The Department of Defense’s biggest mistake in its now yearslong effort to develop and award the Joint Enterprise Defense Infrastructure (JEDI) cloud contract is that it let the narrative escape its control, CIO Dana Deasy said Wednesday
“Once you let the narrative get away from you … trying to recover is nearly impossible,” Deasy said during the Forbes CIO Summit Virtual Series Wednesday of the $10 billion contract, which is still tied up in legal limbo. The DOD has agreed to take corrective actions on the acquisition based on complaints Amazon Web Services waged against it in a protest of Microsoft’s win of the award late last year.
JEDI, by all accounts, was developed in 2017 to be the DOD’s landmark adoption of an enterprisewide cloud, a central pillar in its modernization strategy. But the contracting process became marred in allegations of political influence, which Deasy has denied and internal investigations did not find evidence of. Deasy recently said that the DOD plans to re-announce an award by the end of August.
In particular, what escaped the DOD’s messaging were details on the pricing structure. While the contract had a ceiling of $10 billion over 10 years, its initial instance was only for two years and $1 million, Deasy said. Headlines that described the potential size of the cost, while accurate, inflated the political turmoil over the contract, he said.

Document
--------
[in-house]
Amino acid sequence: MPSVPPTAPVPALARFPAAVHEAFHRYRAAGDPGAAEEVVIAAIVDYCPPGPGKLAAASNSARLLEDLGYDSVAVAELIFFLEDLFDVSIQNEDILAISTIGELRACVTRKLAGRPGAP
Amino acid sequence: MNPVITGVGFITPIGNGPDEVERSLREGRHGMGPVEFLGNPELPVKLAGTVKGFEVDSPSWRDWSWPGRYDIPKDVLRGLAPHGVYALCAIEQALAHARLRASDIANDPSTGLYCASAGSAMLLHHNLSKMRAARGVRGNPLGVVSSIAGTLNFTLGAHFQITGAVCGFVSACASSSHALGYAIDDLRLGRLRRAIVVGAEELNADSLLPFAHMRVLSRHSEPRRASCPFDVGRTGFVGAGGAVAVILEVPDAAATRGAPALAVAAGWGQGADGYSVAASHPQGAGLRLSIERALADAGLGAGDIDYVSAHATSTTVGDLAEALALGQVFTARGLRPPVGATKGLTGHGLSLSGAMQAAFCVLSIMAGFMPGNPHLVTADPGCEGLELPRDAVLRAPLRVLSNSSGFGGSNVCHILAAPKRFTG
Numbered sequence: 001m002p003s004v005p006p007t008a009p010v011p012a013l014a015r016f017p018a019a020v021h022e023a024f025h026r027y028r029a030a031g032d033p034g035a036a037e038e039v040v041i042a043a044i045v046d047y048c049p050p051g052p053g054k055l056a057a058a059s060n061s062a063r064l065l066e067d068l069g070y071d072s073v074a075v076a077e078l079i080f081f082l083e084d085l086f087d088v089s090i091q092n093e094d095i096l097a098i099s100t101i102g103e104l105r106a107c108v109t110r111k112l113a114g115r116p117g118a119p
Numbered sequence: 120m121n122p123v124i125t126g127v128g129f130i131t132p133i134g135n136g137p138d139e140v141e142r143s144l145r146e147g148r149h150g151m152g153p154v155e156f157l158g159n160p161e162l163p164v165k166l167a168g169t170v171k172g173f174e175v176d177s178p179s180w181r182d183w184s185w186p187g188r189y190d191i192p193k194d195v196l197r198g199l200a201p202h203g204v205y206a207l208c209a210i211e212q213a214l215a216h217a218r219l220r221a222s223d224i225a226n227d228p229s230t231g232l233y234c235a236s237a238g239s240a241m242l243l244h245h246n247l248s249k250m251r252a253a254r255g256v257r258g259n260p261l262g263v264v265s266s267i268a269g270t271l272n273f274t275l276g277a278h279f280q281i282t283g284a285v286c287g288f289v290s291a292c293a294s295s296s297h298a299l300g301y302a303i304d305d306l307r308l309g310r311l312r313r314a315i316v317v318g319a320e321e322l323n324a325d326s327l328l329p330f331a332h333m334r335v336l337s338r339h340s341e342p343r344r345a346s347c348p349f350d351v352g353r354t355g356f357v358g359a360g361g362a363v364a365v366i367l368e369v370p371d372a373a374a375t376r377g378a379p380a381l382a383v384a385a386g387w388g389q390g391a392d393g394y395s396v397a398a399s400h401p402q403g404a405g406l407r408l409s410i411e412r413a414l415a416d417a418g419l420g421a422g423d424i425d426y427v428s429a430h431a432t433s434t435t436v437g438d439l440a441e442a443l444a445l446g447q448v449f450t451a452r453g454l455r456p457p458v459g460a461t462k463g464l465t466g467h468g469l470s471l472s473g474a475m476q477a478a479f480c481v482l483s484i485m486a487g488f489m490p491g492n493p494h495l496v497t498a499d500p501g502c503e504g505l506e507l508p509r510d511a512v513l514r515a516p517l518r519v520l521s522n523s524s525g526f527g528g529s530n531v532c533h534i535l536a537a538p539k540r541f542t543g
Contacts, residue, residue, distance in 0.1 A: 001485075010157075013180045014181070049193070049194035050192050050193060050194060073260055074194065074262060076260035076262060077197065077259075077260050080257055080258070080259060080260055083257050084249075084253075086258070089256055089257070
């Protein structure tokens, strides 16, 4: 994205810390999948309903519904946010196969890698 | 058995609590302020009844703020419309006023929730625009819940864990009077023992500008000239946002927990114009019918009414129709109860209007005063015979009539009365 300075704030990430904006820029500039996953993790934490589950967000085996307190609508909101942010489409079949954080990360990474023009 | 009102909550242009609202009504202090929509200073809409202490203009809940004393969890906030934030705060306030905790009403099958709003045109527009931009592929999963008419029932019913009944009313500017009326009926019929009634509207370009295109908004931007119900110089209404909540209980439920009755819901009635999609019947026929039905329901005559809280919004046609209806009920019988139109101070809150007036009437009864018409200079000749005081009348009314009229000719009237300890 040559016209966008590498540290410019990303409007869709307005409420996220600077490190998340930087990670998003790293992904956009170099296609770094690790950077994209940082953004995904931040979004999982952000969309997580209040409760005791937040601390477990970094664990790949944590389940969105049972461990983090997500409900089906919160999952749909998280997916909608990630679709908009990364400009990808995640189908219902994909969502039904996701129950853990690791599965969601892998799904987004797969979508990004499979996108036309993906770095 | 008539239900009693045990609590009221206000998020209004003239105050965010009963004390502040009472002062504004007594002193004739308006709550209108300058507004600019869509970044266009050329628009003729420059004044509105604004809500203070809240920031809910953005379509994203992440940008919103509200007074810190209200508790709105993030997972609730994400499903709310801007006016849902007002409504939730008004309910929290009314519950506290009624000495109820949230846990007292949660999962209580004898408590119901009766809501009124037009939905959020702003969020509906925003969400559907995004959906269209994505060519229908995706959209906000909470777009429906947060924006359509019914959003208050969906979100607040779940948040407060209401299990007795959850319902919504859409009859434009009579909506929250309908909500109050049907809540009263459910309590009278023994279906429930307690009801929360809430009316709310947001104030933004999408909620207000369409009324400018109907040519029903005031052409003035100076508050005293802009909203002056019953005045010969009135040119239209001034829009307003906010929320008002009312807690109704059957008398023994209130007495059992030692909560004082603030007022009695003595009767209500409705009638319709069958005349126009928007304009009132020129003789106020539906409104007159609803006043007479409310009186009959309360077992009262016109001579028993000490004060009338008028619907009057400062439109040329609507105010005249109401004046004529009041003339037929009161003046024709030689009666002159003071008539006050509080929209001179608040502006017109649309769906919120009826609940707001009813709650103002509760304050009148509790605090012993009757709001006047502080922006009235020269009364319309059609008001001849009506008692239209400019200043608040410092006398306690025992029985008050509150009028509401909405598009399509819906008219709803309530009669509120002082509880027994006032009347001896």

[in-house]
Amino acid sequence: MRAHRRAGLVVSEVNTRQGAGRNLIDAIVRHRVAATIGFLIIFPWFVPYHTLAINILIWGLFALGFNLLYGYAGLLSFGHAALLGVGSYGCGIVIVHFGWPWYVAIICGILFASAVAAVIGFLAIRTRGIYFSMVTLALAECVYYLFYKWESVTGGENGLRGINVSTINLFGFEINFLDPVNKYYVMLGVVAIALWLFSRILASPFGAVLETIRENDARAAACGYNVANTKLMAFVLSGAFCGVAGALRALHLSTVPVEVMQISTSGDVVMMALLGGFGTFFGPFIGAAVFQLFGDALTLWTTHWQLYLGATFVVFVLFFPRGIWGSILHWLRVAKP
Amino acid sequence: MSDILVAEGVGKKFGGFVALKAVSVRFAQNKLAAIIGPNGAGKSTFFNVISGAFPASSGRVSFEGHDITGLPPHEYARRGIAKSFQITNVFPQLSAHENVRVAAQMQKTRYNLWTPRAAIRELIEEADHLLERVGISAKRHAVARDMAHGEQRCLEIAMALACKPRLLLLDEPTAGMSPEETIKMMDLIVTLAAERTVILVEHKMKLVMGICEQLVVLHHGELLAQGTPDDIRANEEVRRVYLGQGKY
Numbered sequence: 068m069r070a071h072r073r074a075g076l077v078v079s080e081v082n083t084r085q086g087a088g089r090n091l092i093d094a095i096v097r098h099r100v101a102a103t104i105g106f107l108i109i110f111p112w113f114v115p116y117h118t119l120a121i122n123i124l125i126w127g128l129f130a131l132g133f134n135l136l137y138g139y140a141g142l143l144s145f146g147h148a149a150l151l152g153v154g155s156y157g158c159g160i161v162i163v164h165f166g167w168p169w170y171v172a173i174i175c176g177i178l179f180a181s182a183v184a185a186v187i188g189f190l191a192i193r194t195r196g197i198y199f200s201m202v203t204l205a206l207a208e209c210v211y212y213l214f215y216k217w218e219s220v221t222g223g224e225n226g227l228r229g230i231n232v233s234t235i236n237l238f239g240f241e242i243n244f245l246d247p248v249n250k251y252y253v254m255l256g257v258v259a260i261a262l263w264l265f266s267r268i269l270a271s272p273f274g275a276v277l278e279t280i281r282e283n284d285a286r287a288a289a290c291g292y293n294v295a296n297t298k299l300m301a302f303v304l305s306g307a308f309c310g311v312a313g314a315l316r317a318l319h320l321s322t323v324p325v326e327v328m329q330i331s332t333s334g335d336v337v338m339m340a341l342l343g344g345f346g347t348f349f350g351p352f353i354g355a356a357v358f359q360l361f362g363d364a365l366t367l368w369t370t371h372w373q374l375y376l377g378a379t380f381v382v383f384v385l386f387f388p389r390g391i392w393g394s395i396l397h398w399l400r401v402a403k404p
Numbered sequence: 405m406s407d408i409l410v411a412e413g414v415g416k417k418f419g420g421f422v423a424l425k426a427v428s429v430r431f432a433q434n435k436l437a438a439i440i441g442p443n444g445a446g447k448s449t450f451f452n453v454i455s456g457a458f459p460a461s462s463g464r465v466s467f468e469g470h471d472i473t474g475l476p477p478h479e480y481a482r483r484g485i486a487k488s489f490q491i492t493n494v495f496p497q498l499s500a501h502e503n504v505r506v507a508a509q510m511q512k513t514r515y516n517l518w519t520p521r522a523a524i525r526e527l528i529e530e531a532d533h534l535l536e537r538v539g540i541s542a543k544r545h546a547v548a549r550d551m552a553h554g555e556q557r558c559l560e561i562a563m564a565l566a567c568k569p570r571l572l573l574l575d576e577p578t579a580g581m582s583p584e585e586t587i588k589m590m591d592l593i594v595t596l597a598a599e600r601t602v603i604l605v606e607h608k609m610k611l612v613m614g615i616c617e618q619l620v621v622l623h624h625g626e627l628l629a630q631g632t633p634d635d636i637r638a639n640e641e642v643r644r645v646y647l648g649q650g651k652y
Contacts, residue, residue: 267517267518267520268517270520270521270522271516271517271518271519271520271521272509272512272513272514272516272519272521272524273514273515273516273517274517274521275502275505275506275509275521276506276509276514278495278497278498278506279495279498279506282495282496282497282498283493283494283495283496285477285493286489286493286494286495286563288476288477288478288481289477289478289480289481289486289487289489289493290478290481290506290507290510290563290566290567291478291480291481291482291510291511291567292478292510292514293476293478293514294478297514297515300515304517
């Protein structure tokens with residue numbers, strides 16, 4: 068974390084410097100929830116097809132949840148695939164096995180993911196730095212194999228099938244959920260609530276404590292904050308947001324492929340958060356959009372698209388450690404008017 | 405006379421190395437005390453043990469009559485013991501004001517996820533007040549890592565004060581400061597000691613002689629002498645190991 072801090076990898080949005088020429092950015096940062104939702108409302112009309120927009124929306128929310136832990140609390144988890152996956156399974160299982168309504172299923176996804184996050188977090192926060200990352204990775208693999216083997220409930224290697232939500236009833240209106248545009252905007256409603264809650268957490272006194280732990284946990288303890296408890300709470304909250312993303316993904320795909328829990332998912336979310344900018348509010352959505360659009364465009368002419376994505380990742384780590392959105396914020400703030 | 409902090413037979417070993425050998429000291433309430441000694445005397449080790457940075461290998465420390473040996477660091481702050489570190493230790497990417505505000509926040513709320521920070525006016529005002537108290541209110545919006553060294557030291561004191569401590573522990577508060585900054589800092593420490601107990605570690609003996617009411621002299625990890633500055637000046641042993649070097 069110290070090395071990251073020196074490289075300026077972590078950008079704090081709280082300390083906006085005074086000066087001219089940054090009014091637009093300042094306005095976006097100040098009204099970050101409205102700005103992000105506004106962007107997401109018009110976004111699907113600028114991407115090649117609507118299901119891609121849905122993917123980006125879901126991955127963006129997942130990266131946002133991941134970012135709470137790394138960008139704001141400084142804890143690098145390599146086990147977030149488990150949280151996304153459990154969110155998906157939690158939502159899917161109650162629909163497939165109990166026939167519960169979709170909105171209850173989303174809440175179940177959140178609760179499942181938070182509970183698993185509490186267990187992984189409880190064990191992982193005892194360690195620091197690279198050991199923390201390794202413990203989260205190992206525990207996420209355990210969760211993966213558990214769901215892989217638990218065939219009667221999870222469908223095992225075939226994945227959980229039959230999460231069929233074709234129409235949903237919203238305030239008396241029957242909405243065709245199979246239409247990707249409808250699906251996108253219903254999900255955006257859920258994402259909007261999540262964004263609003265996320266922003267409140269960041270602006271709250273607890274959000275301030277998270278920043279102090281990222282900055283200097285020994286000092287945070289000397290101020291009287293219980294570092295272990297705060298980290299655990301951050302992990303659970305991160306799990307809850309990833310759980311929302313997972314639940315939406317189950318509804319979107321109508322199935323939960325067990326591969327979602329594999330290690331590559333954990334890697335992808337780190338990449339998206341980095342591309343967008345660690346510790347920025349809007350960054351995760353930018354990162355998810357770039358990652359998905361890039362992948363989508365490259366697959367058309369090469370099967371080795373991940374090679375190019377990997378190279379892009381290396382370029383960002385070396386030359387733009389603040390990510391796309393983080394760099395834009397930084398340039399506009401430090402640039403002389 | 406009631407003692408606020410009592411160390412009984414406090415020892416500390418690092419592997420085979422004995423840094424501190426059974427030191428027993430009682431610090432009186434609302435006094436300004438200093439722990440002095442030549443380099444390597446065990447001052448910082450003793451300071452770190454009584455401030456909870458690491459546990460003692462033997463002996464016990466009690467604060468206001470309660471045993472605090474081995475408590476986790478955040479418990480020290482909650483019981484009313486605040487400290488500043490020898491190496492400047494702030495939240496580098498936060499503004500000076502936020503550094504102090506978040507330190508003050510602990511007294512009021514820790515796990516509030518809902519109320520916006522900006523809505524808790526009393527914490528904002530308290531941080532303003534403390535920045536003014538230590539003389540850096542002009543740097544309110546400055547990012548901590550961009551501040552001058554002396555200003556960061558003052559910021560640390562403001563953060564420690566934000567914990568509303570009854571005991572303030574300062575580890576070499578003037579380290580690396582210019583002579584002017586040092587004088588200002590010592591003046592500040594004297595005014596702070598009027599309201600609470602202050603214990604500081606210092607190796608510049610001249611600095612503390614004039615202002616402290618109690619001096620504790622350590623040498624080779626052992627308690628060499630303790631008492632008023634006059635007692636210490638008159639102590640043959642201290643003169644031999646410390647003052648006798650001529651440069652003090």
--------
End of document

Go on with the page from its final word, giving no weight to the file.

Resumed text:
The “lost narrative” lesson-learned has become a common one in the CIO’s office at DOD. After Google pulled out of Project Maven, an artificial intelligence program to analyze drone footage, leaders offered a similar story to explain the controversy.
“This idea of transparency and a willingness to talk about what each side is trying to achieve may be the biggest lessons of all that I took from it,” Lt. Gen. Jack Shanahan — who recently retired as the leader of the Joint AI Center inside the CIO’s office —said of Project Maven in November.
Despite the narrative on JEDI slipping out of DOD’s hands, Deasy said the push to modernize the military’s digital services continues with cloud central to that plan. Deasy also said that his efforts as CIO of the government’s largest bureaucracy have been informed by trips to the frontlines of battle. Early in his tenure, he visited Afghanistan and spoke with operators who gave candid feedback about the technology he was working to modernize. Much of the feedback showed how degraded and denied networks can become in battle and how little time there is for troops to ingest the many live streams of data being displayed at times.
The trip “was actually taking a real-world environment … and actually seeing how our men and women use the technology,” he said.